Sago palm is a common outdoor plant typically found in tropical areas, with certain variants of the plant kept as houseplants. All parts of the sago palm are toxic to cats, but the seeds are the deadliest and can cause severe liver damage for your feline friend. It can also cause an upset stomach, vomiting, seizures, and liver failure. While these are typically found in the south, they can easily be found in the garden section at your local box store. Sago palms also go by coontie palm, cardboard palm, cycads, and zamias.
4. Asparagus Fern
Another member of the lily family and also called the emerald feather, emerald fern, plumosa fern, and lace fern, the asparagus fern frequently appears in bouquets and can cause gastrointestinal upset and skin irritation for your cat if ingested. The poisonous agent in this plant is sapogenin, which is commonly found in a variety of other plants.
5. Tulip and Hyacinth
Tulips and hyacinths are so popular that many cat owners have them in their gardens, yet the bulbs of these flowering plants are especially toxic for cats. Also known as Tulipa spp and hyacinthus orientalis, both are members of the Liliaceae family, which include the fatal lily species. Tulips contain the toxins tulipalin A and tulipalin B, while hyacinths possibly contain narcissus-like alkaloids which are concentrated in the tulips bulbs. Signs of tulip and hyacinth poisoning include drooling, vomiting, diarrhea, depression and tremors.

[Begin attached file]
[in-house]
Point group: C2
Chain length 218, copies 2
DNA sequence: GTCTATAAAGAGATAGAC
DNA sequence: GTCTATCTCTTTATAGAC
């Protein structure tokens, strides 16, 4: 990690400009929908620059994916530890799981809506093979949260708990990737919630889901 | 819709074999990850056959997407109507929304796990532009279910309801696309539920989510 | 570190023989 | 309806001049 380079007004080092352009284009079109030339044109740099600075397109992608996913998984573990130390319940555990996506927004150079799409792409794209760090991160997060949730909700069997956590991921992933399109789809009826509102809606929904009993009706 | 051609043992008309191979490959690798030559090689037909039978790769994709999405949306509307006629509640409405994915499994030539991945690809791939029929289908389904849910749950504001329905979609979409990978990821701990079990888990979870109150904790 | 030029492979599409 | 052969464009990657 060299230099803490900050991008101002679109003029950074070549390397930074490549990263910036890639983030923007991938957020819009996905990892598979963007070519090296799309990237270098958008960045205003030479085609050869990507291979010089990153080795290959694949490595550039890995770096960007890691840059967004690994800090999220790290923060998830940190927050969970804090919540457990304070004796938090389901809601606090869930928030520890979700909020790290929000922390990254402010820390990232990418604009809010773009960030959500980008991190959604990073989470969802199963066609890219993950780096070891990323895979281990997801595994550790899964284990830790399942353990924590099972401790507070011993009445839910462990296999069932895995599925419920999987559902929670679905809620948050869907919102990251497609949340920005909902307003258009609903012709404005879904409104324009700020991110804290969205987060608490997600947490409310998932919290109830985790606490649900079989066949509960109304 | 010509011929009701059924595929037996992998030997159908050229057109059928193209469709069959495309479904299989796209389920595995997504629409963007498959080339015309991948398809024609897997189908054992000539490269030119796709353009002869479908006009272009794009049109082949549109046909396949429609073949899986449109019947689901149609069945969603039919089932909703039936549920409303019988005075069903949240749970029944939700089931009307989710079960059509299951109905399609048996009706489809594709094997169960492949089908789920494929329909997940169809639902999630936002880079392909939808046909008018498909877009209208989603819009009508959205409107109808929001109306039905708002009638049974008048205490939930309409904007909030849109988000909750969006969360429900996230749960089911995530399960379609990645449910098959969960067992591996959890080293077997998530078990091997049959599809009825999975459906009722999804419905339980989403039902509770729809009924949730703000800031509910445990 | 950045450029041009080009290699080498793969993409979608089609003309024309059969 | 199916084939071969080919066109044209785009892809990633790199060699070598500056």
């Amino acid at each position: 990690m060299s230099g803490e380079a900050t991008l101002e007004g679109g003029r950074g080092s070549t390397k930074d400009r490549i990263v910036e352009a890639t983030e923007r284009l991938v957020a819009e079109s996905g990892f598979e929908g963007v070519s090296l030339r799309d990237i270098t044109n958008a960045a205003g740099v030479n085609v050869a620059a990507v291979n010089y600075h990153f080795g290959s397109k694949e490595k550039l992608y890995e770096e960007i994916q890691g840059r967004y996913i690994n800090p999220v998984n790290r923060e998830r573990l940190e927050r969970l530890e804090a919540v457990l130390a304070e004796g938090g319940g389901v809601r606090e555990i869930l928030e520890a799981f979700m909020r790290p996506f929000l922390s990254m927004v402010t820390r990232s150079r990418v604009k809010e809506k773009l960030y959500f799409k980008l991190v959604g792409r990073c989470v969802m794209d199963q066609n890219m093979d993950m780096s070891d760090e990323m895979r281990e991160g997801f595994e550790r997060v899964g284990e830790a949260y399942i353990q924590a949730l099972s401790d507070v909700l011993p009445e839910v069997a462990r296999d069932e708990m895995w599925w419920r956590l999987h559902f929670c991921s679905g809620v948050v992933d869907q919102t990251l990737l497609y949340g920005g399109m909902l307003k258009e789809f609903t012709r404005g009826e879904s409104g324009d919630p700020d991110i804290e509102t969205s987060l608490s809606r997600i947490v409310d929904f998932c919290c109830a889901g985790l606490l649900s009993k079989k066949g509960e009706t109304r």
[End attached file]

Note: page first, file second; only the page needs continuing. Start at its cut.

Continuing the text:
Philodendron house plants thrive indoors year round, and are mild to moderately toxic to curious cats. The philodendron family includes the swiss cheese plant, heartleaf and fiddle-leaf philodendron, each with leaves that contain calcium oxalate crystals that can irritate the lining of a cat’s stomach, intestines, and cause irritation of the mouth. Signs your cat has chewed on a philodendron include a watering or bleeding mouth and vomiting.
7. Nerium Oleander
Due to their beauty and tolerance of drought and poor quality soil, oleanders are popular ornamental garden plants typically found in warm climates. All parts of this plant are toxic, including the water in the vase, as it contains cardiac glycoside toxins which adversely affect a cat’s heart muscle. Cat’s that ingest this plant can experience severe drooling, vomiting, diarrhea, incoordination, tremors, seizures, and fatal heart abnormalities. If you have this type of plant, it’s best kept in the yard and not brought into your home.
A member of the Araceae family of tropical flowering plants, these plants are also known as charming dieffenbachia, dumb cane, exotica perfection, giant dumb cane, gold dieffenbachia, spotted dumb cane, tropic snow, and variable dieffenbachia. Exposure to this plant is extremely painful and uncomfortable for cats, as it contains insoluble calcium oxalate crystals that cause oral irritation. In rare cases, exposure can cause breathing problems, so this plant should not be kept in your home.